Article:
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It’s up to municipal elected officials to defend the bilingual status of their city, says Roberge

Photo: Jacques Boissinot The Canadian Press The Minister of the French Language, Jean-François Roberge, during a press scrum last January

The Minister of the French Language, Jean-François Roberge, hopes that the status of bilingual cities will become one of the decisive issues in the next municipal elections.

“The next municipal electoral campaign will answer many questions,” launched the CAQ minister on Tuesday in the parliamentary committee for the study of his ministry’s budgetary appropriations. He was responding to questions from Parti Québécois (PQ) MP Pascal Bérubé, who was surprised that the almost fifty Quebec municipalities inhabited less than 50% by English speakers could maintain their bilingual status.

Since the adoption of the Act respecting the official and common language of Quebec, French (Bill 96), these towns and villages had the obligation to adopt a resolution if they wanted to remain bilingual in the eyes of the Act and thus continue to use both French and English in their official communications. However, the Office québécois de la langue française (OQLF) confirmed last year that the 48 eligible municipalities had chosen to maintain their status.

“Except that none of the elected officials who made this decision have faced the electorate since,” remarked Jean-François Roberge on Tuesday. Adopted in 2022, Law 96 had in fact entered into force three years before the next municipal electoral deadline, scheduled for 2025. “I think that they [the elected officials] will have to be held accountable,” launched Mr. Roberge to his towards the PQ. “It should be an issue in the next municipal election campaign. »

Words that encourage Mr. Bérubé. “If there is a debate on this, interesting,” he was content to say in committee.

Among the municipalities having adopted a resolution, the OQLF includes Otterburn Park. In this city located 40 kilometers east of Montreal, only 7.2% of residents are English-speaking. This is the lowest total observed for a bilingual municipality in all of Quebec.

48 All 48 eligible municipalities adopted a resolution in 2022 and 2023 to maintain this status, although English speakers are in the minority.

In the township of Gore, in the Laurentians, the percentage of people whose mother tongue is English has gone from a majority, previously, to a total that “closes to 30%”, a noted its mayor, Scott Pearce, in an interview with Le Devoir, Tuesday. However, he doubts that his bilingual status, renewed in 2022, will become a decisive question in the next election.

On the other end of the phone, the man who is also the official representative of bilingual municipalities on the board of directors of the Fédération québécoise des municipalities recalled the importance for bilingual cities to take into account their own linguistic “heritage”. “It’s true that we don’t reach 50% of English speakers. On the other hand, the municipality was founded by the Irish in 1840,” he noted.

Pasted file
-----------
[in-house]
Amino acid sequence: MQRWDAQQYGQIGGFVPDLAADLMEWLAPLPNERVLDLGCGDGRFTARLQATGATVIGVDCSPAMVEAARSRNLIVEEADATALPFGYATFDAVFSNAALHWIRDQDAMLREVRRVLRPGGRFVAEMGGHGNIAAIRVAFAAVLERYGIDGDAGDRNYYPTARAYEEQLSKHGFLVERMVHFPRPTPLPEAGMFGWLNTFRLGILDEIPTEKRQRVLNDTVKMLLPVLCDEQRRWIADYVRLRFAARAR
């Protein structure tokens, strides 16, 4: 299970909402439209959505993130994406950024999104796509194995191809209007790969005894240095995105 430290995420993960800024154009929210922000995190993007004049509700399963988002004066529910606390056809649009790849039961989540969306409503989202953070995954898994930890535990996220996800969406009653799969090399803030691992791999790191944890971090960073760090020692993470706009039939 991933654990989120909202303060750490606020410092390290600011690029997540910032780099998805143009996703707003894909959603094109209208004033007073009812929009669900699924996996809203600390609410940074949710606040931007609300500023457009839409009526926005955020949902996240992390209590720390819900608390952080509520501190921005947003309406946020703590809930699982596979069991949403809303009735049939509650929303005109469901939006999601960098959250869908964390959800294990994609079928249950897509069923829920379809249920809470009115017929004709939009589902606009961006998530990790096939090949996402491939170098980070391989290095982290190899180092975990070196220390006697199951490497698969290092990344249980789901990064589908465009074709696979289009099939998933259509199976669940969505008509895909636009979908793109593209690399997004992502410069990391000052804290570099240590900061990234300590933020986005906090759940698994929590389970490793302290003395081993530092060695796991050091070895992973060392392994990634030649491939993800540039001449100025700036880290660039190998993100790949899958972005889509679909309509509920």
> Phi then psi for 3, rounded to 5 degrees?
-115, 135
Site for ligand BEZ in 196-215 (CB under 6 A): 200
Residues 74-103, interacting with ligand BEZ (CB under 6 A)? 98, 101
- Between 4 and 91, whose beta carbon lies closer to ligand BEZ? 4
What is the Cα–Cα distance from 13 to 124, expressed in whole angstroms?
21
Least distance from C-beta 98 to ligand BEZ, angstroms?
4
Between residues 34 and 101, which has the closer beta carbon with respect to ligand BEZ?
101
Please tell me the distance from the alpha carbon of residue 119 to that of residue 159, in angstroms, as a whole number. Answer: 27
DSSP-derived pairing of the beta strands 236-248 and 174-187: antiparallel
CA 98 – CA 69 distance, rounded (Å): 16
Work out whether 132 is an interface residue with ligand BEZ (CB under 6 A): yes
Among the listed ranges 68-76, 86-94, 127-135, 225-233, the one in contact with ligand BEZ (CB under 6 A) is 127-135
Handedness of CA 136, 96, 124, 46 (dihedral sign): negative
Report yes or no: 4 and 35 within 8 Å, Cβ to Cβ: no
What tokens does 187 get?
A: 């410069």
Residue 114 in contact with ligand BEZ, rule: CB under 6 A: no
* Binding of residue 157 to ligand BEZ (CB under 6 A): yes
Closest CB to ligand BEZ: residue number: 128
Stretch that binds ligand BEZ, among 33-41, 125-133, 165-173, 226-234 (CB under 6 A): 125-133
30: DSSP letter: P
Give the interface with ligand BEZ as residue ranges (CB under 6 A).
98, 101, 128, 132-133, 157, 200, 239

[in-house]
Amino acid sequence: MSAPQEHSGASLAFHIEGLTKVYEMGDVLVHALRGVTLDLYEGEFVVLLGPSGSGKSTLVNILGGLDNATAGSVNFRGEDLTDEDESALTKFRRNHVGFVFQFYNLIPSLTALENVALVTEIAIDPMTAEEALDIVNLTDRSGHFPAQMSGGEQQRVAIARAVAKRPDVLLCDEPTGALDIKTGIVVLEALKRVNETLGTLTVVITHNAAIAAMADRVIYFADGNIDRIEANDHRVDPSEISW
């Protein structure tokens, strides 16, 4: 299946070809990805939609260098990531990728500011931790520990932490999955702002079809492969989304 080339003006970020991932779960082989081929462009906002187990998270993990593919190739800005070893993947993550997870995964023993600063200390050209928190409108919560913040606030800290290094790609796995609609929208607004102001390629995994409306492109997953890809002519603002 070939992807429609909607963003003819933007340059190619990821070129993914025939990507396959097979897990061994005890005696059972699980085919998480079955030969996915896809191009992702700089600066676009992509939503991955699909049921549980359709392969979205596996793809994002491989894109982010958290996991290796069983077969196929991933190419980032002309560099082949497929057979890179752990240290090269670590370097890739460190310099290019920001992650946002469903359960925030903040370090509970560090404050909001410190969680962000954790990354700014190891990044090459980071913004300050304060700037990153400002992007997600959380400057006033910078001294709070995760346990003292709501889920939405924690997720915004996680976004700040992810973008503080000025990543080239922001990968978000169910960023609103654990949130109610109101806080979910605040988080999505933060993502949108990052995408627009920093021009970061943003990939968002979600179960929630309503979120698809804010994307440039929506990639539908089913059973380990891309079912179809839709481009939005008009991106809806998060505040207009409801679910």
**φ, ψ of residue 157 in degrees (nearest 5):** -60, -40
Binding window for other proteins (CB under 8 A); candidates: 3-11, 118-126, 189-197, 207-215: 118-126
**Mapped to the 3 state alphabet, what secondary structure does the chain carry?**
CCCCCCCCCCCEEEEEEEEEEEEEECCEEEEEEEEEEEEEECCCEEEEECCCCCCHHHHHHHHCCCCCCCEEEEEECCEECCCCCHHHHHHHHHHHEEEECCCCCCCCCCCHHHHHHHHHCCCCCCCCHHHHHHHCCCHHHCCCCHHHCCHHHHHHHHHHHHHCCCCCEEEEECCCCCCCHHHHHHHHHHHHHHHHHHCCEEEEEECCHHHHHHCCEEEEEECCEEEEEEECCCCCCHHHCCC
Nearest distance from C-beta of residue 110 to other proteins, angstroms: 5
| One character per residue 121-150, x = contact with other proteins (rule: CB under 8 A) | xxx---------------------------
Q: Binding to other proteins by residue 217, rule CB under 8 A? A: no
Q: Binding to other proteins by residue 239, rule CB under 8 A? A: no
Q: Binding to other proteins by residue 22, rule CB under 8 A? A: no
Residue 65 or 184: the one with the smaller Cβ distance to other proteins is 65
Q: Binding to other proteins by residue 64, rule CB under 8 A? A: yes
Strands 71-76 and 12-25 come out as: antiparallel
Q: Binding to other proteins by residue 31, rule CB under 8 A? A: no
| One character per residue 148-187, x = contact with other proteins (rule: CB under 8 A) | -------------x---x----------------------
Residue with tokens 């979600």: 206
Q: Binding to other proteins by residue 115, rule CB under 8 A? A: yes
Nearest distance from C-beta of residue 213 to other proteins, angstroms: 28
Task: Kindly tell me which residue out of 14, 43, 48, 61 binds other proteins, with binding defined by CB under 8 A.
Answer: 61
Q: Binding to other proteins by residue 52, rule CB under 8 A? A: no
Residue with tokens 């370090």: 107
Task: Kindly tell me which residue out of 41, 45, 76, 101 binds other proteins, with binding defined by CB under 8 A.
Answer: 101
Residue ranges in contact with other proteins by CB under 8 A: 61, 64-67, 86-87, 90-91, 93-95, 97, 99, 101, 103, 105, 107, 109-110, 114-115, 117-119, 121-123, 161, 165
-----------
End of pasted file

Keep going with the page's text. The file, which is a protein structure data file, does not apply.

Mr. Pearce invites the minister to “let local leaders decide the issues that affect their community, and then, perhaps, [to] get out of our hands.” “When we passed our resolution at home, the vast majority of the crowd was French-speaking, and they applauded me,” he said. “There are other, much more important issues. »

A “soon” plan

Almost two years after the entry into force of Bill 96, Minister Roberge had to defend Tuesday the gains generated by the modifications to the Charter of the French language and the establishment of the Action Group on the Future of the French language (GAALF), which should make it possible to reverse the decline of French.

Liberal MP Madwa-Nika Cadet notably criticized him for having created a “flashy” vehicle with the GAALF, after the main measures of the action plan it was to develop were revealed in La Presse in the morning. The document would largely contain measures already announced, as well as the creation of a dashboard on the health of the French language. “Why did you raise expectations like that?” she asked Mr. Roberge.

According to the CAQ minister, “there are more things” in the action plan, promised since the beginning of 2023, “than what was revealed this morning.” Questioned by solidarity MP Ruba Ghazal, he maintained that the public could become aware of its content “very, very soon”.

By launching the work of the GAALF, he More than a year ago, Mr. Roberge was ambitious about his future fruits. “Today we stop trying to exist. We are going on the offensive to regain what we have lost over the last few years,” he said.

Teilor Stone

By Teilor Stone

Teilor Stone has been a reporter on the news desk since 2013. Before that she wrote about young adolescence and family dynamics for Styles and was the legal affairs correspondent for the Metro desk. Before joining Thesaxon , Teilor Stone worked as a staff writer at the Village Voice and a freelancer for Newsday, The Wall Street Journal, GQ and Mirabella. To get in touch, contact me through my teilor@nizhtimes.com 1-800-268-7116